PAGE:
How to work with prompts

Prompts are not exercises – not things to do well, do right, be clever with – they are ways of jump-starting your imagination and you cannot get them wrong. Maybe the prompt is a photograph of a seaside scene but what you notice is the yellow of the sand, and yellow reminds you of cowardice, and that takes you to a time you or a character did something cowardly – that’s your prompt even if no one would necessarily see the connection to the photo. Or maybe the prompt is just one word: Stay. Stay with me baby you write thinking of the song, and you’re off for a paragraph writing about a woman begging her lover not to leave. But then something else entirely flies into your head; it might not even be connected to the word ‘stay’ but it’s alive for you, juicy. Well, then the prompt just got your writing going: it was a kind of warm up until the thing that you really want to write about popped into your mind. Great! Abandon the jilted lover and don’t look back, go with where the energy is.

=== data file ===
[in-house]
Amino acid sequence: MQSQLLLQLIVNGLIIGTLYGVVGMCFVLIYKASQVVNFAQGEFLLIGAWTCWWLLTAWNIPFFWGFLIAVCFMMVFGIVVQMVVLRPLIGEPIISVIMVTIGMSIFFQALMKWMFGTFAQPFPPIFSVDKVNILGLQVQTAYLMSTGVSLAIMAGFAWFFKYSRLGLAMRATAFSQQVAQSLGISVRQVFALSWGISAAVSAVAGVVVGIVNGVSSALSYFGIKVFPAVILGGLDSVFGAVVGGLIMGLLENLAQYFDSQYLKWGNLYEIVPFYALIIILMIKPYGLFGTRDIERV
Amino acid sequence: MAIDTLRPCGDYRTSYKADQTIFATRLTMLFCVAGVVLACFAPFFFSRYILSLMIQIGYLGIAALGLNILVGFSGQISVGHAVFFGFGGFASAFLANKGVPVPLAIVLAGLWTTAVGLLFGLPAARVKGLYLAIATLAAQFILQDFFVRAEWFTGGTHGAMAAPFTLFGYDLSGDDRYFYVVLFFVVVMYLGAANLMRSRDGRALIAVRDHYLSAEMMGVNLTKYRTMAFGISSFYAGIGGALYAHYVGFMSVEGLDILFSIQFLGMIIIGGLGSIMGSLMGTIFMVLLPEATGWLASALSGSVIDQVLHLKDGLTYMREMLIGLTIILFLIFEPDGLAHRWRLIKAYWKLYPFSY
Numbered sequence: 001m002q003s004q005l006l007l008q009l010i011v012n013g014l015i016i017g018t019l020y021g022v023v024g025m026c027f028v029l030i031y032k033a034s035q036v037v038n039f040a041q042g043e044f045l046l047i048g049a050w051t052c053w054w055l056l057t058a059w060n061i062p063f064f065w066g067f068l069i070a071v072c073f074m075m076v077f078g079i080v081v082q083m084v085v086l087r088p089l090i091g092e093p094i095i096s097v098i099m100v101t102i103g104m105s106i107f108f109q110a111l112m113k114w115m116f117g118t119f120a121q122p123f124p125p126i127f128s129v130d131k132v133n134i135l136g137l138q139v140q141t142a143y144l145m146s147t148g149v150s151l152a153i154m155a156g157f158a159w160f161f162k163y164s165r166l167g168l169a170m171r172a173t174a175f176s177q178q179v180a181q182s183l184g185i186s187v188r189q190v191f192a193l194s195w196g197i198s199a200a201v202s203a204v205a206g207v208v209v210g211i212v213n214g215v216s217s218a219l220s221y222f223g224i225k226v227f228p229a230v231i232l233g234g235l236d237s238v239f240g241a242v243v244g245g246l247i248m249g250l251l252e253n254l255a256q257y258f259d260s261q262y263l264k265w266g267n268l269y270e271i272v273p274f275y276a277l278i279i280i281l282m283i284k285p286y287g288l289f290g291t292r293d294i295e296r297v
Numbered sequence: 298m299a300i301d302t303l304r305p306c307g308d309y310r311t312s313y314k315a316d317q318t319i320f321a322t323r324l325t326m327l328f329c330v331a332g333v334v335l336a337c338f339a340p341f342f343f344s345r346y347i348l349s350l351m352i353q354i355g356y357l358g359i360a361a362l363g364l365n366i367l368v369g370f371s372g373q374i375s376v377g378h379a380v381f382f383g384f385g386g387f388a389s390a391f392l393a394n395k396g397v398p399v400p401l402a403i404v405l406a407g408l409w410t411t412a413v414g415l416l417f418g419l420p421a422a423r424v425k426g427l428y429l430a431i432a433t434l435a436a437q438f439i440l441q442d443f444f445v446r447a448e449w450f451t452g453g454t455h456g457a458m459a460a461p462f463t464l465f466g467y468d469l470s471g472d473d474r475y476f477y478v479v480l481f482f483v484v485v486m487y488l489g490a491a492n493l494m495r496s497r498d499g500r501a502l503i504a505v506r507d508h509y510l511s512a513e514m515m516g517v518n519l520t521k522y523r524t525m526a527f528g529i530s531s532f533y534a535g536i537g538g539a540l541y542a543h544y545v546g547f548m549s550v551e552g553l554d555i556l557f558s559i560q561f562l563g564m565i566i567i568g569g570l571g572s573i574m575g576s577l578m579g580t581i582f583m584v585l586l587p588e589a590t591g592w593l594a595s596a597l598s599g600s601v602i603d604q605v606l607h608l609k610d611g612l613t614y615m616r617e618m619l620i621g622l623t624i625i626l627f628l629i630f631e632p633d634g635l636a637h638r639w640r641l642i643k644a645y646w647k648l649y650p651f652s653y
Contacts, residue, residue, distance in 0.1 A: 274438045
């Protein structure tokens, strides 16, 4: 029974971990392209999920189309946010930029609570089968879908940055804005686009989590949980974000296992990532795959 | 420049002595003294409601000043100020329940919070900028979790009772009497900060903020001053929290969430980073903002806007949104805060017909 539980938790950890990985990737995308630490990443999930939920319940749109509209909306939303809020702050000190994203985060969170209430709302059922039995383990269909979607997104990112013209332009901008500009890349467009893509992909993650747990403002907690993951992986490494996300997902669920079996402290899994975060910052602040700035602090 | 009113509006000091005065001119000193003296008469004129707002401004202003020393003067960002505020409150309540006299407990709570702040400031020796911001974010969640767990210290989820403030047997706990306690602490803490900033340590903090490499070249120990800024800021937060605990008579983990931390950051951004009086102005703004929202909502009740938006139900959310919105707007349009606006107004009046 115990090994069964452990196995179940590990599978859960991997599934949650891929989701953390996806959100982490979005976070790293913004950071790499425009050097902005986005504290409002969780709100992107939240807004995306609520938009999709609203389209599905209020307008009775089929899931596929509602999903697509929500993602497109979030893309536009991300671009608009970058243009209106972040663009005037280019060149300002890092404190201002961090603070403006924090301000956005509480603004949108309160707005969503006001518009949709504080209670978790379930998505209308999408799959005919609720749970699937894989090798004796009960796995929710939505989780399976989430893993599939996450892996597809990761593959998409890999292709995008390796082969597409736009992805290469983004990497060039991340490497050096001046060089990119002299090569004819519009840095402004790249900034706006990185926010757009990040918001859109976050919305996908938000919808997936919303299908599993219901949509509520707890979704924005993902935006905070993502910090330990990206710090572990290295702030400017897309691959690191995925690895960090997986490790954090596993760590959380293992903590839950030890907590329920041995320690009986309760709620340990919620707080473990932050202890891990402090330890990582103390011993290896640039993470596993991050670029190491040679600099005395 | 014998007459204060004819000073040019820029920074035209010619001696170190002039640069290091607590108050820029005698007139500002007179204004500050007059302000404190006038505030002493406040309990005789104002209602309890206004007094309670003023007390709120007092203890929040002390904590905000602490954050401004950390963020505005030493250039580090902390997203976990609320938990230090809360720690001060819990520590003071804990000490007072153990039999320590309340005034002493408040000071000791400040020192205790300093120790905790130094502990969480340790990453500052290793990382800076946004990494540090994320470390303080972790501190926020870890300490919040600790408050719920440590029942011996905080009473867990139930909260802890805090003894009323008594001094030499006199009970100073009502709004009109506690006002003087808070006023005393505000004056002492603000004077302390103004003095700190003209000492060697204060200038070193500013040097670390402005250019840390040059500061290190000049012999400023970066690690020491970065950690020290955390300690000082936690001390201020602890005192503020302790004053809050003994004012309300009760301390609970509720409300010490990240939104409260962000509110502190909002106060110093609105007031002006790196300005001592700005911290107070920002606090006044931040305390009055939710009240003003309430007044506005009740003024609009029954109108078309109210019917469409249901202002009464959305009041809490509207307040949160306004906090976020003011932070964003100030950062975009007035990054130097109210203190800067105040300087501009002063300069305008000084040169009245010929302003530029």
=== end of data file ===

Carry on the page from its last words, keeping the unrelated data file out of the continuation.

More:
Maybe you just need to free associate from the prompt until something grabs your interest. Sometimes you just need the prompt to give you one line. Write that line and then see what comes into your head, You only need the next sentence – not even a sentence – the next word to write. You might even write about having nothing to write about until that becomes your subject, or until it takes you someplace else.

If you are going to work with the Friday Prompt I suggest deciding how long you are going to write for before you start: ten minutes, thirty minutes, an hour.


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